What is Separation Anxiety?

Separation anxiety is a normal part of your child’s development; it usually starts to happen around the four-month mark—right when your little one begins to understand that they are their own person, unconnected from Mom, Dad, and their caregivers but before your little one fully understands that anyone who leaves still exists (known as object permanence)5, 6

Not every little one displays or develops separation anxiety. Some infants are fine until it’s time for daycare or preschool enrollment, at which point separation anxiety appears.2

Signs of Separation Anxiety in Toddlers

The telltale signs of separation anxiety pop up when a child’s primary caregiver leaves the room—or leaves the child altogether—and typically include:3, 4

There is another kind of anxiety to look out for in your toddler: stranger anxiety. While they can go hand in hand, they are distinct. The hallmark of stranger anxiety is your little one fussing or crying when approached by someone they’re unfamiliar with—even if you’re holding them close. This type of anxiety pops up around the eight-month mark and typically resolves around the age of two. Until then, taking time to introduce new people or rarely seen relatives to your little love is typically all that’s needed to ease this type of anxiety.1

How to Help Your Toddler Through Separation Anxiety

Helping your toddler through separation anxiety around starting daycare or preschool starts with careful planning and continues by sticking to routines. Here are tips for helping your toddler with separation anxiety before they start attending daycare or preschool, for the first day of entering their new program, and beyond.

Before Beginning Daycare or Preschool

Demystifying daycare and preschool for your little one is the best way to make them feel more comfortable and less anxious:4

  • Introduce your toddler to the new school and caregivers before the first day.

  • Play pretend about going to this new place and ask and answer questions about what it might be like.

  • Read stories about going to daycare or school and talk about what you’ve learned about it.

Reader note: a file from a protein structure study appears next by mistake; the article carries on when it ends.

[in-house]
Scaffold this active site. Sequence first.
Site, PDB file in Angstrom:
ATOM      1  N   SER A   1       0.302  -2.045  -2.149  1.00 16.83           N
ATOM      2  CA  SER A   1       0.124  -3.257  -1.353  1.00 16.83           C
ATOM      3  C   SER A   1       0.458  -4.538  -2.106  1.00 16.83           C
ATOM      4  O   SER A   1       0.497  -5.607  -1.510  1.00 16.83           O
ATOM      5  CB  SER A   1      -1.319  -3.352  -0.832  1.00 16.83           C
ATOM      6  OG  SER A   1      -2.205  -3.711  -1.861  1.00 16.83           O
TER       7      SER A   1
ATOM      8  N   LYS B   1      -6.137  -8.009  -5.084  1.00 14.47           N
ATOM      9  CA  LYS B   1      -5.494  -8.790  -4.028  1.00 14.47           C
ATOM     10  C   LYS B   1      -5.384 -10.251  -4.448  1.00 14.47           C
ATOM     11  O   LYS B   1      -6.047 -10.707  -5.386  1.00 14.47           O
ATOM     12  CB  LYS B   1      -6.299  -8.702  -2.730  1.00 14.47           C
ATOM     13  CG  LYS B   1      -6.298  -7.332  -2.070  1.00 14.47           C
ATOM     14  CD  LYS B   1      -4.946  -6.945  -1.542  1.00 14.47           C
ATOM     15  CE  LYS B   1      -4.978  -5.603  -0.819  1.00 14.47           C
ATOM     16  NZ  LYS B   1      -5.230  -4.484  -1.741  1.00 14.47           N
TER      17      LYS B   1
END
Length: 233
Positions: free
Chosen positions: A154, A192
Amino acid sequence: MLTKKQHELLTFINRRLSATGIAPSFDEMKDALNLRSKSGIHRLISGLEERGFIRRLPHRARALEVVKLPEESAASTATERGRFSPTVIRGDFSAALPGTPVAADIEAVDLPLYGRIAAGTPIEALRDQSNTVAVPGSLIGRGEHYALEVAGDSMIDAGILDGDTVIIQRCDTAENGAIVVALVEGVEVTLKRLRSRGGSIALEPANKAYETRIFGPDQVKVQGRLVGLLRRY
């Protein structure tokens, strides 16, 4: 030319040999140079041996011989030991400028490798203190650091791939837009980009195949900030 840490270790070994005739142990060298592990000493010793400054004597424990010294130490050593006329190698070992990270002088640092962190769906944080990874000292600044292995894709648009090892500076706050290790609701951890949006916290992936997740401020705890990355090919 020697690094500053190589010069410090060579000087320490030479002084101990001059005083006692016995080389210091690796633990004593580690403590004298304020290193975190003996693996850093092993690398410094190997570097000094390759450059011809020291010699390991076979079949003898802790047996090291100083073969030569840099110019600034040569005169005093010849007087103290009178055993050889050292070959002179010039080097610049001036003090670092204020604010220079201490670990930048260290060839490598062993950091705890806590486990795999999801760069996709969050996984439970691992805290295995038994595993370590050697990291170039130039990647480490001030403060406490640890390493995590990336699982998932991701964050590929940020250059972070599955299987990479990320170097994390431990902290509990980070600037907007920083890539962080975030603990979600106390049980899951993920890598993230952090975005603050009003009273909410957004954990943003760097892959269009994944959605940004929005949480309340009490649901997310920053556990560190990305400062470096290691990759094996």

• Practice your routine for getting ready to leave the house and head to daycare or preschool—including a dry-run commute to the place, if possible.

On the First day of Daycare or Preschool

Once the first day of daycare or preschool arrives, these steps can help the transition to attending their new program go more smoothly for your toddler:4

  • Take advantage of all that dry-run practice!

  • Have your toddler choose a favorite toy or object to bring with to daycare or preschool—provided it’s allowed by the caregivers’ rules.

  • When you say goodbye for the first time be loving but strong and remind your toddler that you’ll miss them and that you’ll be happy to see them at the end of the day. Make the goodbye short and sweet as lingering can lead to increasing anxiety.

  • Don’t double-back for another hug and kiss—this will just confuse and maybe even upset your toddler.

How to Keep Easing Toddler Separation Anxiety

A great way to keep supporting your little one in combating separation anxiety is to focus on always having a good experience saying goodbye:4

  • Stick to the routine you established for getting ready and leaving home. Practice makes perfect, and consistency eases anxious little ones. Keep up with your morning routine and any routines around packing bags or bringing a beloved toy along with to daycare or preschool.

  • Have—and stick to—a special and personal goodbye ritual. Whether it’s saying the same thing, having a special combination of hugs and kisses, or something else, a personalized and special goodbye will boost your little one’s spirits and keep them confident.

  • Don’t make a fuss even if your little one does. After your goodbye ritual, leave without further fanfare. Keep a stiff upper lip and stay kind, but definitely make your way out the door.

  • Always say goodbye. Even if you’re in a rush, even if your little one has immersed themselves in an activity, never leave without doing your goodbye ritual—or at least saying the words, “I love you, goodbye.”

While it’s a normal part of growing up, toddler separation anxiety around starting something new, like daycare or preschool, can be trying for everyone. But with careful planning, patience, and routine, your little one will soon feel confident and comfortable embarking on being more independent.

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